“It’s a work of art… something not real, made to make you feel”
I had much love for Flowers for Mrs Harris when it premiered in Sheffield a couple of years ago, and so I was delighted to see Daniel Evans deciding to revive it at his new abode over in Chichester. My only cavil came with the placing of this most heartfelt musical in the vast space of the Festival Theatre rather than the intimacy of the Minerva where it might perhaps have been better served.
So much of the beauty of the show (book by Rachel Wagstaff from Paul Gallico’s novel, music & lyrics by Richard Taylor) comes from the fact that it isn’t a bells and whistles epic. It is something far more subtle that truly celebrates the ordinary in extraordinary, as Clare Burt’s charlady Ada Harris dares to dream of owning a Christian Dior dress and in working to achieve that dream, illuminates the lives of those around her.
Continue reading “Review: Flowers for Mrs Harris, Chichester Festival Theatre”
A great transfer for a great British musical, The Grinning Man impresses in this transfer to the Trafalgar Studios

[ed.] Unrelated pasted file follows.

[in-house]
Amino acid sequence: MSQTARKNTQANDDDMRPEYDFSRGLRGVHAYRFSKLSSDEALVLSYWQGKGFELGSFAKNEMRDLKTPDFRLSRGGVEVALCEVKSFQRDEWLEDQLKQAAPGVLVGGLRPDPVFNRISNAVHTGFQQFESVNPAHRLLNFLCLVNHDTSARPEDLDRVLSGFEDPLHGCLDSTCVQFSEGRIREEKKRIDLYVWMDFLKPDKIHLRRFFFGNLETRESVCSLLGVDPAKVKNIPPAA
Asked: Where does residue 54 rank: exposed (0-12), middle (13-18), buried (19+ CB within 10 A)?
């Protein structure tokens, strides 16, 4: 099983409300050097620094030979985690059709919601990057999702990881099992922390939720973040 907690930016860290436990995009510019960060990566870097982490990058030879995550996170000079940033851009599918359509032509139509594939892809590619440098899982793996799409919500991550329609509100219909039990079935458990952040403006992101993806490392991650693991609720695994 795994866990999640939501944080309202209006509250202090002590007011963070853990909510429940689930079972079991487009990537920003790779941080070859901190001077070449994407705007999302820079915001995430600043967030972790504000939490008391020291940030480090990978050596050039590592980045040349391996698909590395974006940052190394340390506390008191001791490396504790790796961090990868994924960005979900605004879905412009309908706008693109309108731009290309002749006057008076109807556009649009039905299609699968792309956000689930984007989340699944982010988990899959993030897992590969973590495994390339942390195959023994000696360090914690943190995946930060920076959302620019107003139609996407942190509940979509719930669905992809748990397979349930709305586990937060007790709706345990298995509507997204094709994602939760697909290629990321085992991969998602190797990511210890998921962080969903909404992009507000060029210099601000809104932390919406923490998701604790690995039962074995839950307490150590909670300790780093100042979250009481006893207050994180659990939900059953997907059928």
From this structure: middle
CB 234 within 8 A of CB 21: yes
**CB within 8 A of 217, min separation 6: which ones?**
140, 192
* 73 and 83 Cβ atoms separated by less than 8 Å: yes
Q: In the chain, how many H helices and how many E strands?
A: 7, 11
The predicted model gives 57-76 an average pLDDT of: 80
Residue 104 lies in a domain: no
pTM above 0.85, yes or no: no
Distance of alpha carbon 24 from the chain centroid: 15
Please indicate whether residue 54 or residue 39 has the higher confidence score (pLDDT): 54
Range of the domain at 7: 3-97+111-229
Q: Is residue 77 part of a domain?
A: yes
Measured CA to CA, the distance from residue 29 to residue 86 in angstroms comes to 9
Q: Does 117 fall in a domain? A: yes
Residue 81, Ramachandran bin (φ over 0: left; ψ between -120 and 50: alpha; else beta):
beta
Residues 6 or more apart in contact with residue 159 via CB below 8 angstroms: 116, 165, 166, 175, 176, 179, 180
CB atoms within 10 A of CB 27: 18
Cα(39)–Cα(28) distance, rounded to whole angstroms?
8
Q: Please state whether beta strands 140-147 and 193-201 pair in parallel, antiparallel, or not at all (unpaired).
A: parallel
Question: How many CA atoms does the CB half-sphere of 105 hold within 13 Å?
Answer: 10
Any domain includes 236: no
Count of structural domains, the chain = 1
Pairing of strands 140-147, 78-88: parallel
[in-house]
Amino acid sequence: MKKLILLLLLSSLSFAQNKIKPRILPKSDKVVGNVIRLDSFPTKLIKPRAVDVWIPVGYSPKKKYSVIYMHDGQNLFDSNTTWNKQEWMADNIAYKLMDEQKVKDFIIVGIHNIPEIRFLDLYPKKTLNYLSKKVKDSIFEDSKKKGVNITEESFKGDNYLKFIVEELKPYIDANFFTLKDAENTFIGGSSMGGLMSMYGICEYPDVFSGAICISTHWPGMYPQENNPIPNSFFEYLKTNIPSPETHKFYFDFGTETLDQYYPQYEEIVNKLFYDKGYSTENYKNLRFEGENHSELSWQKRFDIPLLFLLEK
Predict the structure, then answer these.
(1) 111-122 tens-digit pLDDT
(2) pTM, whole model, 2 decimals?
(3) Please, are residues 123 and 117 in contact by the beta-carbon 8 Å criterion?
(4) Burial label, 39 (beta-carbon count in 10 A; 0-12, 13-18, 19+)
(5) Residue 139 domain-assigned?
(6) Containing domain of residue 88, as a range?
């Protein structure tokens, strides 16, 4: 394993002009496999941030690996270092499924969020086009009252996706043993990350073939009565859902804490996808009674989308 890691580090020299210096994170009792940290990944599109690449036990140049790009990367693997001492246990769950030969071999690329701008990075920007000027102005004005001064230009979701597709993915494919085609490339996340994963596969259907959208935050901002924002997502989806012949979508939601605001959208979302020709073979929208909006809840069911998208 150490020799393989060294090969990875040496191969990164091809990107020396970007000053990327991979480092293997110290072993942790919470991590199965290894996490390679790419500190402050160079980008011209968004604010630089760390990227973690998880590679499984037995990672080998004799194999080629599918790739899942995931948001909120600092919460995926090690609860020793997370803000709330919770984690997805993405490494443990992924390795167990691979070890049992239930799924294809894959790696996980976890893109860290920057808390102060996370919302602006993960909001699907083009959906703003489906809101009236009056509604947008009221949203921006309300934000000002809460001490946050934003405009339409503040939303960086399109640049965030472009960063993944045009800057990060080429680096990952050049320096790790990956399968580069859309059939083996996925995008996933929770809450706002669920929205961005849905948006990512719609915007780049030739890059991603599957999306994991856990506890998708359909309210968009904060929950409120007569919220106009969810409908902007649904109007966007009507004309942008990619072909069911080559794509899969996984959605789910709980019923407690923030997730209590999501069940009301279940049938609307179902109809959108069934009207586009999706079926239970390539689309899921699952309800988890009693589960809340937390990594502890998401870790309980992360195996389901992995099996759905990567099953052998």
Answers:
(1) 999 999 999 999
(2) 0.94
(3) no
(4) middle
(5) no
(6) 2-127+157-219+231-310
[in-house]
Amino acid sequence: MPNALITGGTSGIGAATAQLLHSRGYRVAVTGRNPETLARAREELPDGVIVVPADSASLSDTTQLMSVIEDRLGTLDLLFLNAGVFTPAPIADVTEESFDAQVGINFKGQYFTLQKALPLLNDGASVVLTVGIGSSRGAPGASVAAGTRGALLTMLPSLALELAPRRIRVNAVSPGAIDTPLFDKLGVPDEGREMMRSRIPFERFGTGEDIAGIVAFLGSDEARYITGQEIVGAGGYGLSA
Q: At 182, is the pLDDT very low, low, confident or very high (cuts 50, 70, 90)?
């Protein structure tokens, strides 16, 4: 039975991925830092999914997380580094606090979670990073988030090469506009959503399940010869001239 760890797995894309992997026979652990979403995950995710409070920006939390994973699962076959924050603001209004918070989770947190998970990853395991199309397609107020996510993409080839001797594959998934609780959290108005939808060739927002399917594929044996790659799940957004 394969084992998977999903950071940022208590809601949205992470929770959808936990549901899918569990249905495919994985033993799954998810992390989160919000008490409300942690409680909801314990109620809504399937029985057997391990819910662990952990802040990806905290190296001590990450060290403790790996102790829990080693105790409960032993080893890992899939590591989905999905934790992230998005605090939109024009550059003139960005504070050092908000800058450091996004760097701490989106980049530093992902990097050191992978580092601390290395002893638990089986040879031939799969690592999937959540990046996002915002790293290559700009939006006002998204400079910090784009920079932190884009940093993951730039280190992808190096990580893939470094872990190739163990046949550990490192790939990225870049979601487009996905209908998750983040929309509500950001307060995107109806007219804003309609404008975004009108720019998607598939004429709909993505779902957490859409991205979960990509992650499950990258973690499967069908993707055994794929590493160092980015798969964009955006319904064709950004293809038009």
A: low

“A tale so tragic it could only be true”
I’m no real fan of the Trafalgar Studios to be honest – its seating can be cramped, its angles severe, the toilet situation far from ideal, plus the coffee machine there takes an inordinate amount of time to produce a drink. But credit where it is due, director Tom Morris and designer Jon Bausor have done a fantastically inventive job in reconceiving the space to suit the anarchic energy of The Grinning Man, first seen in Bristol last year (and my favourite musical of the year, too).
A new British musical (book by Carl Grose, music by Tim Phillips and Marc Teitler, lyrics by all three plus Morris) based on a Victor Hugo novel, it’s a macabre tale to be sure, but one suffused with a real magic too. And Morris gives it an immediacy which scrubs away much of the distance that audiences can feel in the old Whitehall Theatre as cellists appear through walls, performers clamber into the stalls to sing, couples walk as if on air…